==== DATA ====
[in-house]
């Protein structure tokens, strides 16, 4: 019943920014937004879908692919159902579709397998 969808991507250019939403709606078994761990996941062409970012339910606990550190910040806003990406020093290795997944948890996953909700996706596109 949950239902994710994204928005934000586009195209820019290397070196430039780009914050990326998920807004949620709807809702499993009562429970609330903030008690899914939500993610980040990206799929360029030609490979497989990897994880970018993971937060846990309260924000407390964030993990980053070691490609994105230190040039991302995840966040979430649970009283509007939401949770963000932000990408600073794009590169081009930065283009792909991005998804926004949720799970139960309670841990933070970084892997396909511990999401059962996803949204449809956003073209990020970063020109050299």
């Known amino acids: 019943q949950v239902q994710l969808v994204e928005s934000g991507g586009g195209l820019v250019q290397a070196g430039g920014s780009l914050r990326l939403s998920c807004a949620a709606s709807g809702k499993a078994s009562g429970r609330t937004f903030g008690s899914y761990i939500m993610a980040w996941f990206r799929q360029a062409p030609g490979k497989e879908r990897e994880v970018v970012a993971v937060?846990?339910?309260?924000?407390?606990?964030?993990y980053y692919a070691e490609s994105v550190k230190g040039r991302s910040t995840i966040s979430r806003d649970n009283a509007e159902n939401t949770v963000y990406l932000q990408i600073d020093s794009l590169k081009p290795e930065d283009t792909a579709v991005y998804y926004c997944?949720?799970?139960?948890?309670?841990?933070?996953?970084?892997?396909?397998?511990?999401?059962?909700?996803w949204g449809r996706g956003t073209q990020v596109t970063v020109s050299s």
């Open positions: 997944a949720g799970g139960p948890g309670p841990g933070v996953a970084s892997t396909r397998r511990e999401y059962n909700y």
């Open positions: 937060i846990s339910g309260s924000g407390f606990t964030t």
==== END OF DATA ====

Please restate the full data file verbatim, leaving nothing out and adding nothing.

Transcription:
[in-house]
């Protein structure tokens, strides 16, 4: 019943920014937004879908692919159902579709397998 969808991507250019939403709606078994761990996941062409970012339910606990550190910040806003990406020093290795997944948890996953909700996706596109 949950239902994710994204928005934000586009195209820019290397070196430039780009914050990326998920807004949620709807809702499993009562429970609330903030008690899914939500993610980040990206799929360029030609490979497989990897994880970018993971937060846990309260924000407390964030993990980053070691490609994105230190040039991302995840966040979430649970009283509007939401949770963000932000990408600073794009590169081009930065283009792909991005998804926004949720799970139960309670841990933070970084892997396909511990999401059962996803949204449809956003073209990020970063020109050299």
């Known amino acids: 019943q949950v239902q994710l969808v994204e928005s934000g991507g586009g195209l820019v250019q290397a070196g430039g920014s780009l914050r990326l939403s998920c807004a949620a709606s709807g809702k499993a078994s009562g429970r609330t937004f903030g008690s899914y761990i939500m993610a980040w996941f990206r799929q360029a062409p030609g490979k497989e879908r990897e994880v970018v970012a993971v937060?846990?339910?309260?924000?407390?606990?964030?993990y980053y692919a070691e490609s994105v550190k230190g040039r991302s910040t995840i966040s979430r806003d649970n009283a509007e159902n939401t949770v963000y990406l932000q990408i600073d020093s794009l590169k081009p290795e930065d283009t792909a579709v991005y998804y926004c997944?949720?799970?139960?948890?309670?841990?933070?996953?970084?892997?396909?397998?511990?999401?059962?909700?996803w949204g449809r996706g956003t073209q990020v596109t970063v020109s050299s």
């Open positions: 997944a949720g799970g139960p948890g309670p841990g933070v996953a970084s892997t396909r397998r511990e999401y059962n909700y």
């Open positions: 937060i846990s339910g309260s924000g407390f606990t964030t």